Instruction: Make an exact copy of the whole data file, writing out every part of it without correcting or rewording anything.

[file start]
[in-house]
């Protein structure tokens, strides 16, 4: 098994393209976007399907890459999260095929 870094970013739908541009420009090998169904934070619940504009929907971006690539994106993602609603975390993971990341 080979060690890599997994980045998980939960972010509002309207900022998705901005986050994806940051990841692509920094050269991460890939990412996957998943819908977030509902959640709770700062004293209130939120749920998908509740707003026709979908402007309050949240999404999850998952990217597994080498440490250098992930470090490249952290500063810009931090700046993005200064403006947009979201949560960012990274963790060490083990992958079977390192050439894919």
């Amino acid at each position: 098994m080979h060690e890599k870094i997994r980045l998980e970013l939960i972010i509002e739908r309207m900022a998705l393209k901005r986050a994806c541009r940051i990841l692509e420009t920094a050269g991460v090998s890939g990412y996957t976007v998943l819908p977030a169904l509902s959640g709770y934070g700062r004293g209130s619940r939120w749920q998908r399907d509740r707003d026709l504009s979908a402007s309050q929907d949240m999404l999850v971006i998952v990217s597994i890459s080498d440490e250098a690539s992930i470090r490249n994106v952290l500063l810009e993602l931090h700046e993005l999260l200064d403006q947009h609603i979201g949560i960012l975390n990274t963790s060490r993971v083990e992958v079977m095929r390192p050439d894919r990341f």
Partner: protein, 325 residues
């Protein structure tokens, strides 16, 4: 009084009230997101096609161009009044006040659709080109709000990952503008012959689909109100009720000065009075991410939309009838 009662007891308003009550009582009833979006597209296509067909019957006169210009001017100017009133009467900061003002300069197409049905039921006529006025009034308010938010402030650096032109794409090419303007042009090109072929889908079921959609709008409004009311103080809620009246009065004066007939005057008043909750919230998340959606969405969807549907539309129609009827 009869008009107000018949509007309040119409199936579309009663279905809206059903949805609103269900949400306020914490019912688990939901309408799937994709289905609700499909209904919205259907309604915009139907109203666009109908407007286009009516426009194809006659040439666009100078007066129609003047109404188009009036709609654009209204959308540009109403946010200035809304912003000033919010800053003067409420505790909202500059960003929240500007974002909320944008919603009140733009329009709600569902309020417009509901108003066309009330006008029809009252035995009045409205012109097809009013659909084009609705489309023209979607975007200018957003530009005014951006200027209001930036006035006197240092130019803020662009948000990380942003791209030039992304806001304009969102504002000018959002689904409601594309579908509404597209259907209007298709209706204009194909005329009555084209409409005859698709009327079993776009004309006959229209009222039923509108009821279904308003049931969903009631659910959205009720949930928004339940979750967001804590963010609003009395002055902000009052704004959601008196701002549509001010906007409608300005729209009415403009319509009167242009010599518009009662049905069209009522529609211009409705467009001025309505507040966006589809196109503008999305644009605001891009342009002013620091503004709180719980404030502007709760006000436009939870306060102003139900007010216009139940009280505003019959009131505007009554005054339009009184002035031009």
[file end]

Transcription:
[in-house]
């Protein structure tokens, strides 16, 4: 098994393209976007399907890459999260095929 870094970013739908541009420009090998169904934070619940504009929907971006690539994106993602609603975390993971990341 080979060690890599997994980045998980939960972010509002309207900022998705901005986050994806940051990841692509920094050269991460890939990412996957998943819908977030509902959640709770700062004293209130939120749920998908509740707003026709979908402007309050949240999404999850998952990217597994080498440490250098992930470090490249952290500063810009931090700046993005200064403006947009979201949560960012990274963790060490083990992958079977390192050439894919």
């Amino acid at each position: 098994m080979h060690e890599k870094i997994r980045l998980e970013l939960i972010i509002e739908r309207m900022a998705l393209k901005r986050a994806c541009r940051i990841l692509e420009t920094a050269g991460v090998s890939g990412y996957t976007v998943l819908p977030a169904l509902s959640g709770y934070g700062r004293g209130s619940r939120w749920q998908r399907d509740r707003d026709l504009s979908a402007s309050q929907d949240m999404l999850v971006i998952v990217s597994i890459s080498d440490e250098a690539s992930i470090r490249n994106v952290l500063l810009e993602l931090h700046e993005l999260l200064d403006q947009h609603i979201g949560i960012l975390n990274t963790s060490r993971v083990e992958v079977m095929r390192p050439d894919r990341f």
Partner: protein, 325 residues
């Protein structure tokens, strides 16, 4: 009084009230997101096609161009009044006040659709080109709000990952503008012959689909109100009720000065009075991410939309009838 009662007891308003009550009582009833979006597209296509067909019957006169210009001017100017009133009467900061003002300069197409049905039921006529006025009034308010938010402030650096032109794409090419303007042009090109072929889908079921959609709008409004009311103080809620009246009065004066007939005057008043909750919230998340959606969405969807549907539309129609009827 009869008009107000018949509007309040119409199936579309009663279905809206059903949805609103269900949400306020914490019912688990939901309408799937994709289905609700499909209904919205259907309604915009139907109203666009109908407007286009009516426009194809006659040439666009100078007066129609003047109404188009009036709609654009209204959308540009109403946010200035809304912003000033919010800053003067409420505790909202500059960003929240500007974002909320944008919603009140733009329009709600569902309020417009509901108003066309009330006008029809009252035995009045409205012109097809009013659909084009609705489309023209979607975007200018957003530009005014951006200027209001930036006035006197240092130019803020662009948000990380942003791209030039992304806001304009969102504002000018959002689904409601594309579908509404597209259907209007298709209706204009194909005329009555084209409409005859698709009327079993776009004309006959229209009222039923509108009821279904308003049931969903009631659910959205009720949930928004339940979750967001804590963010609003009395002055902000009052704004959601008196701002549509001010906007409608300005729209009415403009319509009167242009010599518009009662049905069209009522529609211009409705467009001025309505507040966006589809196109503008999305644009605001891009342009002013620091503004709180719980404030502007709760006000436009939870306060102003139900007010216009139940009280505003019959009131505007009554005054339009009184002035031009």